I look out the window of Starbucks; we’re kitty-corner to a huge vacant lot that was formerly an Esso service station and has been sitting empty and contaminated for seven years in the heart of Whyte. Esso, the Canadian subsidiary of what recently became the wealthiest corporation on the planet, continues to insist that rapid cleanup would be too expensive. The lot is to remain empty, slowly leaking contaminants through vents, for three more years. The chain-link fence ensures there are no squatters. So much for neighbourliness. I picture a future property battle centring on a high rise.

“Hey, we are recycling. We’re helping the planet, ourselves. We’re staying fit. We’re out there in the fresh air. We’re our own bosses. We get to see a lot of people and a lot of things.”

“When I first started this job, I decided to be on a crusade. I would try to get as many individuals as I could into appropriate housing, and there were some individuals, Chimo for example, who panhandled right outside, who would never have wanted appropriate housing. So I changed my mandate. What I now do is ask ‘what can I provide that will increase the quality of their lives?’ I don’t apply my values. Chimo never wanted housing. He never wanted clothing. He never wanted any material thing. The only thing he wanted was for me to visit with him. So I made a daily ritual of going to him, giving him a hug, finding out who’s who around him. He liked that. He did eventually move into a place, but by that point it was too late.”

“Roy and Michelle found out last Saturday that he died. They said he’d had too much swish.”

“Actually, it was tuberculosis. There’s a woman who’s contagious out there giving it to people because she won’t take her meds, and Chimo caught it. Of course, he was already weak from the drinking.”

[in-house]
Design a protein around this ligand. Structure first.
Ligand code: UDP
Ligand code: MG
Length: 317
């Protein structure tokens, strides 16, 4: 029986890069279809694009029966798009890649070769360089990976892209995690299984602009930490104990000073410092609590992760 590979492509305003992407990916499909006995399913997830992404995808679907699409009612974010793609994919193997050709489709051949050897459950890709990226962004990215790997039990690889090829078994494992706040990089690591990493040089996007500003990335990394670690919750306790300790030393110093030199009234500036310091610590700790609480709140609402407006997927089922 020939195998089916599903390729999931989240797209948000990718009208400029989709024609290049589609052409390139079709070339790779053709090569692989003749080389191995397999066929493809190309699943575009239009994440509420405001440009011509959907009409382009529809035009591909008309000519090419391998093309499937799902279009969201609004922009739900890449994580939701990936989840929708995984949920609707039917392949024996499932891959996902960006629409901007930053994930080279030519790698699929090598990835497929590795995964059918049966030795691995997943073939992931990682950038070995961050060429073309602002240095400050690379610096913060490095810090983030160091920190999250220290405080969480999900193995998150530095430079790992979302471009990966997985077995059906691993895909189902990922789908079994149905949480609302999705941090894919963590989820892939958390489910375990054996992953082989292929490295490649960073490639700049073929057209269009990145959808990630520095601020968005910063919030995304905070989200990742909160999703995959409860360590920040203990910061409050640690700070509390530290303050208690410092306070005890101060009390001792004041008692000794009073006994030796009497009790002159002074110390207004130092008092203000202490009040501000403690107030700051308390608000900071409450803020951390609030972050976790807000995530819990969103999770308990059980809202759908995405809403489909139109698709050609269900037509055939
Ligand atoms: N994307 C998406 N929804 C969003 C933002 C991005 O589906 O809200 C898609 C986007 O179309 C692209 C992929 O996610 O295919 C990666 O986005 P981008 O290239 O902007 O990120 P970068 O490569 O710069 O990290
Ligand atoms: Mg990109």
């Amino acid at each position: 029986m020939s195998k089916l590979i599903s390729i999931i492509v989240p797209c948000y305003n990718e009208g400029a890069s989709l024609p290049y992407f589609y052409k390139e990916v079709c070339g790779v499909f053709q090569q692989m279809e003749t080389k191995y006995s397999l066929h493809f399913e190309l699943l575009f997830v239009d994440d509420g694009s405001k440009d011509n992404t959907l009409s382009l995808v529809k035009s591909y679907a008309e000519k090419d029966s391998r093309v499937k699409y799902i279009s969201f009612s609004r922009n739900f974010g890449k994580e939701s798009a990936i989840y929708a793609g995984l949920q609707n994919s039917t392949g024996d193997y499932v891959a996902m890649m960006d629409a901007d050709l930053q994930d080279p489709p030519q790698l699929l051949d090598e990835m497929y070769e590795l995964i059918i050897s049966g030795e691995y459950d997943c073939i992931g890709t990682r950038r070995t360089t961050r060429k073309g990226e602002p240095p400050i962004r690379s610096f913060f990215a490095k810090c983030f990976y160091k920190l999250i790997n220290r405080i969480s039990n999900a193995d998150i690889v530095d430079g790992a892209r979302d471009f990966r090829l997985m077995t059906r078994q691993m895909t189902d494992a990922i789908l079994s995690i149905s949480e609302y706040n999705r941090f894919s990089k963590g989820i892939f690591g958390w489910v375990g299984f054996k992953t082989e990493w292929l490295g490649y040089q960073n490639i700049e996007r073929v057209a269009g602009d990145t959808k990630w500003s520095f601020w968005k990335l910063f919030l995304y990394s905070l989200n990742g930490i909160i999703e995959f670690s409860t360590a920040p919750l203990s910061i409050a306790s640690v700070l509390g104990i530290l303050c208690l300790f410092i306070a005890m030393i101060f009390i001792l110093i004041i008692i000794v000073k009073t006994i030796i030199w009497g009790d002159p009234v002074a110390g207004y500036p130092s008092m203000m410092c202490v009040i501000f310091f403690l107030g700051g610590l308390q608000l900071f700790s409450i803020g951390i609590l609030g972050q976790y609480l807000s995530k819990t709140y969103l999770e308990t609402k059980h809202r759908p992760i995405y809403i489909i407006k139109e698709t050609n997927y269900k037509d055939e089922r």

I wonder if maybe Roy and Michelle are at risk. And Ricky. And Ray. I try to picture Chimo, but I can’t. He would have been outside Chapters every single day of the week, for several hours, silent with his cap held out, nodding every time I passed, smiling when I gave him a few quarters. But I can’t remember his face?

We’re a long ways up the alley from Mill Creek school now, and I can definitely smell my coat and gloves. I understand now why Michelle goes into the bins barehanded. I start to slow as we approach another big container behind Tasty Tom’s Eatery.

“Naw, that’s no good,” Roy says. “The only things in there are big tomato tins and restaurant crap.”

They’ve already introduced me to half the personal lives in the neighbourhood. The black garbage bag behind the radar- dished house, for example, garners at least a dozen black beer cans a day. Michelle calls him “Mr. Black Label.”

“We furnished our entire place, cutlery, furniture, plates, pots, clothes, blankets, all from garbage,” says Michelle.

“We found a camera once with a whole case of lenses,” says Roy. “We sold it to Roland.”

“Who would throw that out?”

“Oh, you know. A couple’s divorcing. One throws the other’s stuff out. We know what’s going on.” Roy smiles.

“You’ll get to know the neighbourhood,” Michelle says.

“I hope so,” I say. “Is there some sort of etiquette to bottle picking?”

“Yeah, this is what picks me!” Michelle says. We’re approaching Whyte and will have to cross to the next school, King Edward. “If you go into an alley and you see someone, don’t come around. We were out with a cart one day and this guy, he was on a bike, and what he did was just leapfrog us. I took a strip off him at the bottle depot in front of everyone. Haven’t seen him since.”

“And if you can afford a vehicle, then you don’t need to be bottle-picking,” says Roy.

I’m carrying the makeshift bottle bag for Roy and it hangs over my shoulder like Paul Bunyan’s saddlebag. Roy’s made sure to balance the heavy items, like beer bottles, between front and back, but after an hour it’s getting heavy.

“Do you have any idea why you do this?” I ask. It’s a stupid question, and obviously leading.

“Hey, we are recycling,” says Michelle. “We’re helping the planet, ourselves. We’re staying fit. We’re out there in the fresh air. We’re our own bosses. We get to see a lot of people and a lot of things.”